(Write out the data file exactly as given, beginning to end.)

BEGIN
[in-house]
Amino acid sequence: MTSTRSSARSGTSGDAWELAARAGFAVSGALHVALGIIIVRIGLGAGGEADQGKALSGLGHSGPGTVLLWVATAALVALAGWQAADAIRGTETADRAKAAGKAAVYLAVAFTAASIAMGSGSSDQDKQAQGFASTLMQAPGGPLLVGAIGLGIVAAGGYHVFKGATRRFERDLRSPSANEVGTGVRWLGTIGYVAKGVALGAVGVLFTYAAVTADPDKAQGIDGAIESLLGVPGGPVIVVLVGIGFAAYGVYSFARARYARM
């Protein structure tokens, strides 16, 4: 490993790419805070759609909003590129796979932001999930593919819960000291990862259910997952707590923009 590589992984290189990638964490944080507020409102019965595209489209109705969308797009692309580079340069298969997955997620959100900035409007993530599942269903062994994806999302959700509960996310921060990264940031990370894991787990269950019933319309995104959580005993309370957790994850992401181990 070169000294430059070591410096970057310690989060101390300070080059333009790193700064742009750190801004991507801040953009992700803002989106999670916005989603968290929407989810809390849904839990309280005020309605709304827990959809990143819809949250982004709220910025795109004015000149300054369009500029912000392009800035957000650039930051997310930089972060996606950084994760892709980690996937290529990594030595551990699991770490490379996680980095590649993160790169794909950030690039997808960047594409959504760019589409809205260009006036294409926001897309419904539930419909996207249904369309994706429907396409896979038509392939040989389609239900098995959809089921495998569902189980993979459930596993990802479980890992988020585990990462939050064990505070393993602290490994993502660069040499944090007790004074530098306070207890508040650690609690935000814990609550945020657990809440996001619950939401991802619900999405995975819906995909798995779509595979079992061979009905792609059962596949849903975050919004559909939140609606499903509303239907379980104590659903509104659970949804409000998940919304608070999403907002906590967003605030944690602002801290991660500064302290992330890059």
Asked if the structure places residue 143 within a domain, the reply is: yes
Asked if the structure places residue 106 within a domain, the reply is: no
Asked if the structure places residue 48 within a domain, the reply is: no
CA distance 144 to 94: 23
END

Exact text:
[in-house]
Amino acid sequence: MTSTRSSARSGTSGDAWELAARAGFAVSGALHVALGIIIVRIGLGAGGEADQGKALSGLGHSGPGTVLLWVATAALVALAGWQAADAIRGTETADRAKAAGKAAVYLAVAFTAASIAMGSGSSDQDKQAQGFASTLMQAPGGPLLVGAIGLGIVAAGGYHVFKGATRRFERDLRSPSANEVGTGVRWLGTIGYVAKGVALGAVGVLFTYAAVTADPDKAQGIDGAIESLLGVPGGPVIVVLVGIGFAAYGVYSFARARYARM
């Protein structure tokens, strides 16, 4: 490993790419805070759609909003590129796979932001999930593919819960000291990862259910997952707590923009 590589992984290189990638964490944080507020409102019965595209489209109705969308797009692309580079340069298969997955997620959100900035409007993530599942269903062994994806999302959700509960996310921060990264940031990370894991787990269950019933319309995104959580005993309370957790994850992401181990 070169000294430059070591410096970057310690989060101390300070080059333009790193700064742009750190801004991507801040953009992700803002989106999670916005989603968290929407989810809390849904839990309280005020309605709304827990959809990143819809949250982004709220910025795109004015000149300054369009500029912000392009800035957000650039930051997310930089972060996606950084994760892709980690996937290529990594030595551990699991770490490379996680980095590649993160790169794909950030690039997808960047594409959504760019589409809205260009006036294409926001897309419904539930419909996207249904369309994706429907396409896979038509392939040989389609239900098995959809089921495998569902189980993979459930596993990802479980890992988020585990990462939050064990505070393993602290490994993502660069040499944090007790004074530098306070207890508040650690609690935000814990609550945020657990809440996001619950939401991802619900999405995975819906995909798995779509595979079992061979009905792609059962596949849903975050919004559909939140609606499903509303239907379980104590659903509104659970949804409000998940919304608070999403907002906590967003605030944690602002801290991660500064302290992330890059």
Asked if the structure places residue 143 within a domain, the reply is: yes
Asked if the structure places residue 106 within a domain, the reply is: no
Asked if the structure places residue 48 within a domain, the reply is: no
CA distance 144 to 94: 23